AFTER THE death of George Floyd last year and the quick discipline imposed by the Minneapolis Police Department, which immediately dismissed the officers involved, senior law enforcement officials in Maryland took note. Had the incident taken place in Baltimore, Police Commissioner Michael Harrison pointed out, those officers could not be fired until convicted. In Minnesota, none has yet even been tried.

Maryland police who are accused of misconduct enjoy procedural protections far beyond those granted other public servants, let alone ordinary civilians suspected of wrongdoing or criminal conduct. Enshrined in law for nearly 50 years, those protections are among the most elaborate in the country, and have stood as a bulwark against justice and transparency in cases of police abuse, corruption and brutality. It’s time to end an array of special privileges that amount to a systemic shield against accountability.

The question is, what should replace them?

In Annapolis, the Democratic-controlled state legislature is wrestling with that question. Party liberals are pressing for outright repeal of the Law Enforcement Bill of Rights, the measure enacted in 1974 at the behest of police unions that spawned similar bills in other states. Others believe that tearing it up with nothing to replace it is a recipe for unintended consequences — namely a hodgepodge of rules established willy-nilly by police departments around the state.

There’s no question the bill of rights goes too far, even after slight trims made by lawmakers in recent years. Officers are afforded five days following an incident of alleged misconduct before they must speak with internal affairs investigators — a waiting period enabling them to get their stories straight with other officers or forensics. Those accused of wrongdoing may be questioned by fellow officers from internal trial boards but not by civilian review boards. Separate legislation blocks public access to disciplinary actions and complaints against officers, even repeat offenders. The speaker of the House of Delegates, Adrienne Jones, was right that the current rules feed the perception that police “can get away with anything.”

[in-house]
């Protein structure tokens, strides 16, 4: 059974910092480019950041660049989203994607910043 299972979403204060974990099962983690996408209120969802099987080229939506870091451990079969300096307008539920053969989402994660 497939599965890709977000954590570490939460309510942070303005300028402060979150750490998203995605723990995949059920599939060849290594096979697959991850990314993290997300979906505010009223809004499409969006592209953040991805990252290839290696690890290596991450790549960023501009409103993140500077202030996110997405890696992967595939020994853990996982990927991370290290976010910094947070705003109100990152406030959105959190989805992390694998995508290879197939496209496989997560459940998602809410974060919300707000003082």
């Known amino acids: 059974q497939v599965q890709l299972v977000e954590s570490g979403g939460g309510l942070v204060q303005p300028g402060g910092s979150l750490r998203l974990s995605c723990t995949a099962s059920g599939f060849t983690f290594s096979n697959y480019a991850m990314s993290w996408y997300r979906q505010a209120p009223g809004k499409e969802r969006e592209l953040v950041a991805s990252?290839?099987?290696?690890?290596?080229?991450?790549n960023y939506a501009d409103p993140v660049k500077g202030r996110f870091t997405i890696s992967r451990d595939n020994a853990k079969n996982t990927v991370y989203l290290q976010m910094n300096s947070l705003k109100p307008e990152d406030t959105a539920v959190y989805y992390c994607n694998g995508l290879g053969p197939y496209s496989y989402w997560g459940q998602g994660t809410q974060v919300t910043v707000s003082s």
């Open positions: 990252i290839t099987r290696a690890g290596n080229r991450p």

Still, it’s wrong to suggest police need no more protection in disciplinary procedures than any other public servant. By its nature, policing is fraught with conflict and sometimes dangerous. Most bureaucrats need not worry that their tasks will be impeded, or their careers derailed, by a flurry of anonymous complaints of alleged misconduct lodged by drug dealers. Police officers do.

Smart reforms would include giving civilians well versed in law enforcement a muscular role in reviewing and investigating alleged misconduct. They should also strip officers of so-called waiting periods before they are required to speak with internal affairs investigators, while maintaining reasonable due process protections to ensure officers will not be subject to arbitrary discipline.

Some police chiefs, sheriffs and elected officials have sided with civil rights groups in arguing that police must be held to higher standards. After the death in Baltimore police custody of Freddie Gray in 2015, the city’s mayor, Stephanie Rawlings-Blake, blamed the bill of rights for impeding a quick and effective investigation. That was a prominent case but not an isolated one. Marylanders deserve better, and lawmakers have resisted robust reforms for too long.

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